21 October 2016
Hong Kong's book fair offers more variety and attracts more visitors than similar events in Taiwan or the mainland. Photo: Xinhua
Hong Kong's book fair offers more variety and attracts more visitors than similar events in Taiwan or the mainland. Photo: Xinhua

Book fair shows Hong Kong’s special place in China

At the stall of the Cosmos bookshop at the Hong Kong Book Fair, business is brisk.

Customers are crowding around the piles of books, many of them on sale at a discount.

“I come to the book fair every year and buy several books,” said Liang Ming-de, a secondary school teacher from Shenzhen.

“There is a range and variety we do not have in Shenzhen. The customs could confiscate them on my way home, but usually they do not.”

An estimated one million people will attend the 26th edition of the fair, which started Wednesday and runs until Tuesday.

It has a record number of 580 exhibitors from 33 countries and regions, including publishers from the mainland, Hong Kong and Taiwan.

There is nothing like it in the Chinese-speaking world.

The Taipei International Book Exhibition is held in February and attracts 500,000-600,000 people.

It has many high-quality books, but not the number and diversity of visitors that come to Hong Kong and not so many mainlanders.

There are many fairs, too, in mainland cities, but they can only exhibit books that are approved by the government, which restricts the titles from Hong Kong, Taiwan and the rest of the world.

That is why the Hong Kong event is so attractive to mainlanders, bringing thousands of books together under a single roof, as well as dozen of readings and events in which they can participate.

“Hong Kong is a glowing pearl in the world of China that deserves to be cherished and nourished for its sheen to last,” said Lung Ying-tai, the author of 17 books and Taiwan’s minister of culture from 2012 until she resigned in December with the rest of the cabinet after the Kuomintang’s heavy losses in local elections.

She is speaking at the fair Saturday. The title of her talk is “My memory is what I am.” It is her first public address in Hong Kong since December.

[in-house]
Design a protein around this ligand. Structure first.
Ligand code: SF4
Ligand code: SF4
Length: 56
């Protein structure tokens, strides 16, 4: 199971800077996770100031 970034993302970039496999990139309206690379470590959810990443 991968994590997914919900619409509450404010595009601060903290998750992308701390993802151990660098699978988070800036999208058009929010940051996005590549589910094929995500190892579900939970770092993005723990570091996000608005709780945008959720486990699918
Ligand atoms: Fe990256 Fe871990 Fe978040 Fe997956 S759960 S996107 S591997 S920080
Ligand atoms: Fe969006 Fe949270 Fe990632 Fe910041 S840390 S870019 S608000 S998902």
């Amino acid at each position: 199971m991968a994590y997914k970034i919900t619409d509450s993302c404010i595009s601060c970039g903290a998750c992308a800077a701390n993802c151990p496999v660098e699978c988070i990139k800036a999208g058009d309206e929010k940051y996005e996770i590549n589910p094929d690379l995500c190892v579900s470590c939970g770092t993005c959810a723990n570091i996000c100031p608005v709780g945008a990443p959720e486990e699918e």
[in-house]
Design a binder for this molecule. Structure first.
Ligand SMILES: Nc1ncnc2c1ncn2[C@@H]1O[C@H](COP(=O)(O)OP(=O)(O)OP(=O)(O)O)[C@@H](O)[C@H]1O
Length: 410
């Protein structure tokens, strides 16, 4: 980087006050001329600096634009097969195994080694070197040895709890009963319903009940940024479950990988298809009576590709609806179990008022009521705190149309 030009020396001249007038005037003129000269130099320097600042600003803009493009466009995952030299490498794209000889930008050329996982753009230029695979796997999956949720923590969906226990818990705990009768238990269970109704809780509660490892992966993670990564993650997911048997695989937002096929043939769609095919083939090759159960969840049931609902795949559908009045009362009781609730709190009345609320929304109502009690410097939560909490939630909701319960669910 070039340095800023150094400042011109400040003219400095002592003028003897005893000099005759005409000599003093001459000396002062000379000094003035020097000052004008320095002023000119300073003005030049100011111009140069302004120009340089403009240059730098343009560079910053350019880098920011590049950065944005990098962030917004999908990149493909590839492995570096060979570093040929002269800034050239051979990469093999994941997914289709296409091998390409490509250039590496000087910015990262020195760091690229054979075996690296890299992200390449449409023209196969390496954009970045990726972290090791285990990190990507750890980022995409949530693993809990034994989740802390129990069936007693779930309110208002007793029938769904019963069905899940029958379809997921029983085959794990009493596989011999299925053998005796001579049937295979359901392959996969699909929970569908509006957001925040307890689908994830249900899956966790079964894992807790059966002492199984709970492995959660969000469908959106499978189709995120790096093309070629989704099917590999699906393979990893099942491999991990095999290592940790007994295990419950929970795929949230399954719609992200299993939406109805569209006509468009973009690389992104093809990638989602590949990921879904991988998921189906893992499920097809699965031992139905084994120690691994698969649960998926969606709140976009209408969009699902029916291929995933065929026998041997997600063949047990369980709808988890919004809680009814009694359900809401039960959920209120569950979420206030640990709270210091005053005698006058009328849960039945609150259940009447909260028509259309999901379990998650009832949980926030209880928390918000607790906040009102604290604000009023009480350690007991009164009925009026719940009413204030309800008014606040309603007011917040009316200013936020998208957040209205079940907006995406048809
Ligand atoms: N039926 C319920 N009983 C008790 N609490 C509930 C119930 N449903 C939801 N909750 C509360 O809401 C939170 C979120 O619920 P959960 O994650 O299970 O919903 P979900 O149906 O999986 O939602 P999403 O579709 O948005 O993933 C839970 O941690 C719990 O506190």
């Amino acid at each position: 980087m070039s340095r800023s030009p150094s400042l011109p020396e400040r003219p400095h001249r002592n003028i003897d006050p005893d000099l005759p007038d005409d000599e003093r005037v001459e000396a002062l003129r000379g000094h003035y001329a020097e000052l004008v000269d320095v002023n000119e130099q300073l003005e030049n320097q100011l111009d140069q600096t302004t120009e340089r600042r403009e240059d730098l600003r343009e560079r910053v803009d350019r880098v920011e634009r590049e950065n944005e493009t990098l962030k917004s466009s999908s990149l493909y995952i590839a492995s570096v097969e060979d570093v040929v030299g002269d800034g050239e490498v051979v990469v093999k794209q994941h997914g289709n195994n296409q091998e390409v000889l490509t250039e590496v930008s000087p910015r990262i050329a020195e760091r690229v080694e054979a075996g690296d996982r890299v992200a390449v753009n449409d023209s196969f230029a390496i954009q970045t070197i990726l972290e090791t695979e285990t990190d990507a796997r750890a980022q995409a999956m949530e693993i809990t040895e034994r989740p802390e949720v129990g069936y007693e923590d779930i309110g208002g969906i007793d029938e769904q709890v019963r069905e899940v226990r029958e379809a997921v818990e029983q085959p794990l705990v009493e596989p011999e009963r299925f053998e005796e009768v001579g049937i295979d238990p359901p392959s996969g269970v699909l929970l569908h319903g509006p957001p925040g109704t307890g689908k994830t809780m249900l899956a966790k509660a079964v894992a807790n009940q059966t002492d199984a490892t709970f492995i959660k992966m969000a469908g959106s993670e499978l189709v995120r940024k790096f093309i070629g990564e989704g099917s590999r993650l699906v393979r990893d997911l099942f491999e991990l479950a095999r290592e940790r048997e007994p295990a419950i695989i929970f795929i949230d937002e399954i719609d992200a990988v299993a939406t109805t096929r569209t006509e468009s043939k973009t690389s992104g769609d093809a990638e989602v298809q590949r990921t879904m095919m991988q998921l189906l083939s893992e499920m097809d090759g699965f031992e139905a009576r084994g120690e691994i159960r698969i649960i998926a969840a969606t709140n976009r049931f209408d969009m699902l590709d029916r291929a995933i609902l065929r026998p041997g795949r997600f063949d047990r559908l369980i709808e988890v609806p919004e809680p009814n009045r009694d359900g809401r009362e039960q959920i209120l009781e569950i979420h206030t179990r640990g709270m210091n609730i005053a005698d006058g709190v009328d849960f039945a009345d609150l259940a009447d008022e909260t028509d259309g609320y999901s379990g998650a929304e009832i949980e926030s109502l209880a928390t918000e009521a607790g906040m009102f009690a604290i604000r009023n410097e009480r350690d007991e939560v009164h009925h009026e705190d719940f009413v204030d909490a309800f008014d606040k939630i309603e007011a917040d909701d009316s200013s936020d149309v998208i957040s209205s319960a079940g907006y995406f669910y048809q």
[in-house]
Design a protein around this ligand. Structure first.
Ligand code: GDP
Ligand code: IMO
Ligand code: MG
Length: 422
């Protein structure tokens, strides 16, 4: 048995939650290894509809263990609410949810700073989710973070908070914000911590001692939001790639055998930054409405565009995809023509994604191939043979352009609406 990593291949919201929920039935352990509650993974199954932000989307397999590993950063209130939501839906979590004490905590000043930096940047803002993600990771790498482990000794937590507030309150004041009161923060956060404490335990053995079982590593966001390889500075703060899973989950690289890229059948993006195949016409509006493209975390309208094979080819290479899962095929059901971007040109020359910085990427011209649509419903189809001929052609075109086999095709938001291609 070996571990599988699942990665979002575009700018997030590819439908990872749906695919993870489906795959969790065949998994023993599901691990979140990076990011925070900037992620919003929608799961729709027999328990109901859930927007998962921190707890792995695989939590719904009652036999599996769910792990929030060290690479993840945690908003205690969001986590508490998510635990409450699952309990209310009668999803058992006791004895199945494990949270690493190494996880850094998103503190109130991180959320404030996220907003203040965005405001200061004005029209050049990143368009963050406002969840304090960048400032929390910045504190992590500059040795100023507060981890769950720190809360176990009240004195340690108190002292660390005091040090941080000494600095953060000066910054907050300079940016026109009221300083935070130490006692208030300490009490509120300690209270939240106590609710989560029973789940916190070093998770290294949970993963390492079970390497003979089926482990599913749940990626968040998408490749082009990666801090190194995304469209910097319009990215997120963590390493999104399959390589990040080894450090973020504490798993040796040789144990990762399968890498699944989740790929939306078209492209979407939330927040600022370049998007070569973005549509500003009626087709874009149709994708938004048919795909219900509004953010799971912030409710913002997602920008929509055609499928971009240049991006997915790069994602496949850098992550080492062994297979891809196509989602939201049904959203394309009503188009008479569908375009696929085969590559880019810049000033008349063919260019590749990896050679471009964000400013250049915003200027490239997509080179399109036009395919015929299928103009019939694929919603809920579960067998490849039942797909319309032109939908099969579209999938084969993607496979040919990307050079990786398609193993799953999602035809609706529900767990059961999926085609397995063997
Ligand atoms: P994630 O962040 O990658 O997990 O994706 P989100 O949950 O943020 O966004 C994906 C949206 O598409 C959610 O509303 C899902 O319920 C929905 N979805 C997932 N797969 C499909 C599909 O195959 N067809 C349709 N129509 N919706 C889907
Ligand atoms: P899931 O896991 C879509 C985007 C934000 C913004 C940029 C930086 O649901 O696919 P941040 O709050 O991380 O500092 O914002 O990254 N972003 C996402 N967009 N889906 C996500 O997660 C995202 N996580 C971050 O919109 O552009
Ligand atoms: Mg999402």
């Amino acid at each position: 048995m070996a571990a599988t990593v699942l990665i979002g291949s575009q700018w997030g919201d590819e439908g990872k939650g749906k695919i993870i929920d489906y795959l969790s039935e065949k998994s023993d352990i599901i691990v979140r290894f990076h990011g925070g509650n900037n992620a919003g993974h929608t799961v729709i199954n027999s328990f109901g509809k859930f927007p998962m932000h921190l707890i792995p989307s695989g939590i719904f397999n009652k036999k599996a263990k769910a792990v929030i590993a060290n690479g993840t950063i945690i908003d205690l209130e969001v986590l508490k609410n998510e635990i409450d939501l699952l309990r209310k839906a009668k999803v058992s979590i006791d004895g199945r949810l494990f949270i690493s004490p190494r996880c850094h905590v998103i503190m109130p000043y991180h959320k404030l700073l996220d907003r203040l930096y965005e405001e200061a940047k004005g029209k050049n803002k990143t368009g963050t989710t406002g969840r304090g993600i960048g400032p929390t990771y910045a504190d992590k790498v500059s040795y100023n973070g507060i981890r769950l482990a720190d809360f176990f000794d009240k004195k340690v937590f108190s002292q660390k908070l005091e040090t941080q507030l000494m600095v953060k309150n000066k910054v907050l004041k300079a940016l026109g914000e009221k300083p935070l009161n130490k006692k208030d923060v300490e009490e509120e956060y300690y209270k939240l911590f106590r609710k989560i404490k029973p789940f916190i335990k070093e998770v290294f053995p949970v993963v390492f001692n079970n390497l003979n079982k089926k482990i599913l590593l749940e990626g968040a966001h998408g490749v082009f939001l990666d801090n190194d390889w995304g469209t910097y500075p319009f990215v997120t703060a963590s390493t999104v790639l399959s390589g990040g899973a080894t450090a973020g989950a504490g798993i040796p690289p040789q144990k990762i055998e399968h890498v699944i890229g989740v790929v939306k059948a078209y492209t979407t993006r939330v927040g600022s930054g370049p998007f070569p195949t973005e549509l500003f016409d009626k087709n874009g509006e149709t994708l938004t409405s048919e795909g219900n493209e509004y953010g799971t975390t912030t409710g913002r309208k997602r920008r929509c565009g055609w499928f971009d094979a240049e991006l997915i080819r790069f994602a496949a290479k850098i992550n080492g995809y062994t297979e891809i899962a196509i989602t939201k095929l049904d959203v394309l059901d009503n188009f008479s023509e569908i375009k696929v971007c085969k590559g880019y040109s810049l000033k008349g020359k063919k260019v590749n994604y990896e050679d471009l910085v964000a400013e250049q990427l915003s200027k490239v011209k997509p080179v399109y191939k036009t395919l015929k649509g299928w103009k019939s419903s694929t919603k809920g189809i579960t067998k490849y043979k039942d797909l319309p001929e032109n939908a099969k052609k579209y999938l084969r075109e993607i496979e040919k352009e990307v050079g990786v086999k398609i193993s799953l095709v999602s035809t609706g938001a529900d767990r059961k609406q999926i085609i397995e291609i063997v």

The importance of Hong Kong as a publishing center has only increased during the three-year rule of President Xi Jinping.

He is shrinking the space for civil society, arresting journalists and authors and restricting what may be said and written in the public domain.

So, as it has been since 1949, Hong Kong remains the place where books and articles can be published on important topics that are banned in the mainland.

One of the titles at the Cosmos stall is Tombstone, a History of the Great Famine, by Yang Jisheng, a veteran Xinhua journalist.

This extraordinary book, of 1,208 pages, is the authoritative work on one of the most important events in China – and the world — in the 20th century.

It should be available in public libraries in every city in the country. It has been translated into English, French and German and won many awards.

The fair’s Author of the Year is Leo Lee Ou-fan, a professor of Chinese culture at Chinese University.

“Ou-fan” is the Chinese version of Orpheus, a musician and prophet in ancient Greece.

A native of Henan province, Lee graduated from National Taiwan University before going on to the University of Chicago and Harvard.

A sprightly 72, Lee is a walking advertisement for Hong Kong.

“I taught in the US for 30 years,” he said.

“The academic environment is very good. But, after retirement, life there is dull.

“My friends in Taiwan would like me to live there. I could do that.”

But he moved with his wife to Hong Kong in 2004.

“I do not like a monotonous life. I like variety and change,” he said.

“Here you have East and West mixed together.

“You have three languages – Cantonese, Mandarin and English.

“It is a very attractive city. You cannot get old in Hong Kong.”

On Thursday evening, some participants at the fair, including Lee, were invited to the Jao Tsung-I Academy, an arts and cultural centre in Mei Foo Sun Chuen named after one of the city’s most remarkable polymaths.

Born in Chaozhou, Guangdong province, in 1917, Jao moved to Hong Kong in 1949 and has lived here ever since, holding important teaching posts.

He is a scholar, poet, calligrapher and painter; his works are on display in a gallery at the academy.

Only in Hong Kong – not the mainland, nor Taiwan under martial law – could Jao have had such a rich career.

“Some foreigners mistakenly believe that Hong Kong is a cultural desert,” said Jess Lam, exhibition and public program manager at the academy.

“How wrong they are. They should take a walk around this center.

“They should go to the book fair and see how many books there are and how many people buy them.

“Culture is alive and thriving.”

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Hong Kong-based journalist and author. He had worked as a correspondent for the South China Morning Post in Beijing and Shanghai.

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